Historic Cold Snaps That Will Get Your Teeth Chattering

Check out these bone-chilling stretches of sub-zero temperatures from the past.

Here in the US, every winter has its exceptional cold spells or days-on-end when temperatures dip below zero in the northern states and below freezing even in parts of Florida. This week’s cold snap brought temperatures far below-normal temperatures and snow, sleet, and ice to places like Dallas and Nashville. But no matter how many times you may have thought to yourself, “this is the coldest winter ever,” it doesn’t hold a candle to some of history’s coldest cold waves.

The Great Arctic Outbreak of February 1899

The cold snap of 1899 is still considered to be the “mother” of all cold snaps. No other cold weather episode yielded lower temperatures (as low as -61 degrees F) over a larger area (the entire nation) for as long (two weeks)!

The cold began during the first week of February in the western third of the country, where temperatures dipped as low as 33 °F in Los Angeles, CA. It then shifted to the central and eastern United States and Gulf Coast the following week. The cold was so severe ice is said to have flowed from the mouth of the Mississippi River into the usually balmy Gulf of Mexico. But the cold didn’t come alone. In the days leading up to Valentine’s Day, a Nor’easter tracked along the East Coast bringing blizzard conditions and more than a foot of snow to a swath of states from the Carolinas to Maine.

Dozens of cities still hold onto their all-time record low from this cold wave, including Washington, D.C. (-15 degrees) and Tallahassee, Florida (-2 degrees).

Cold Snap of January 1977

There were many memorable cold snaps in the late 1970s (January 1976, January 1978, and February 1979). But in mid-January 1977, the Southern US experienced one of its most intense arctic outbreaks on record. It was so cold that Miami, Florida, and the city of Freeport in the Bahamas (places where people go to get away from winter) got snow! No snow had ever been reported in either place before, nor has it since.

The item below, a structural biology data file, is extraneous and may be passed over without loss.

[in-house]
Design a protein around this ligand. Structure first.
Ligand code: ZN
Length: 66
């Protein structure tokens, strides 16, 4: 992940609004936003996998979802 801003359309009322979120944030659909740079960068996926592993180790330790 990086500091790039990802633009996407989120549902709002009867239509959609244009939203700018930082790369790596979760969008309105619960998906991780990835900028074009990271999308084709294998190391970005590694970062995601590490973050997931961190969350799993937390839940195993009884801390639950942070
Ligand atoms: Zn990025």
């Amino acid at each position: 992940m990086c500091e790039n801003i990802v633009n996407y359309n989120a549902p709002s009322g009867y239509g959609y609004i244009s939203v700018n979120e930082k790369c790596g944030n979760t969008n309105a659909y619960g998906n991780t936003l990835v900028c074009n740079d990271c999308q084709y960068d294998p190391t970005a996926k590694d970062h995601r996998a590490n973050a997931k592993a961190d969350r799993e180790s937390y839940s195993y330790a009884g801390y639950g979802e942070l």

The “Great Freeze” of December 1983

Christmas of 1983 is remembered as one of the coldest Christmas nationwide. The cold arrived in mid-December, just in time for the holiday shopping season, and lingered until a day or so after Christmas. Only the US desert southwest was spared. Over 100 low-temperature records were broken for December 25th, but temps weren’t the only thing about this cold that was record-setting. Typically, arctic air masses that invade the United States are accompanied by strong high-pressure systems (the higher the pressure, the more intense the cold). The high associated with this cold wave was so extreme that it caused the highest barometric reading ever measured in the lower 48 states (1064 millibars at Miles City, Montana)!

Cold Spell of January 1985

This cold spell that hit January 18-22 brought arctic temperatures to every state east of the Rockies. Not even the President was immune from the cold—due to wind chills in Washington, D.C. reaching -10 F, the inaugural ceremonies for President Reagan’s second term were held indoors rather than in front of the U.S. Capitol Building. The cold claimed more than 100 lives, and also a staggering 90 percent of Florida’s citrus crop.

Is there a historic cold snap that you remember shivering through? Share your story in the comments below.

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Tiffany Means

Tiffany Means is a freelance writer and a degreed meteorologist. She specializes in weather forecasting and enjoys making the subject of weather (and the science behind it) more relatable. She currently resides in the Blue Ridge Mountains of North Carolina.

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Margi Mcgandy

I had a baby in 1980 … while I was gone the pipes froze. We came home to a week of well below zero. There was frozen water and nobody’s car would start. We lived in Fayston off grid.


I remember in ’83 a cold snap we had in Mansfield, PA where for 3 days straight it never got above -17º. I was young and dumb so I drove my motorcycle to work (no fairing on it). Only about a mile to work, but my biggest surprise was that the motorcycle even started. Yeah, my boss told me how much of an idiot I was. Looking back, I have to agree with him. 🙂

Last edited 3 years ago by Dan Mackey

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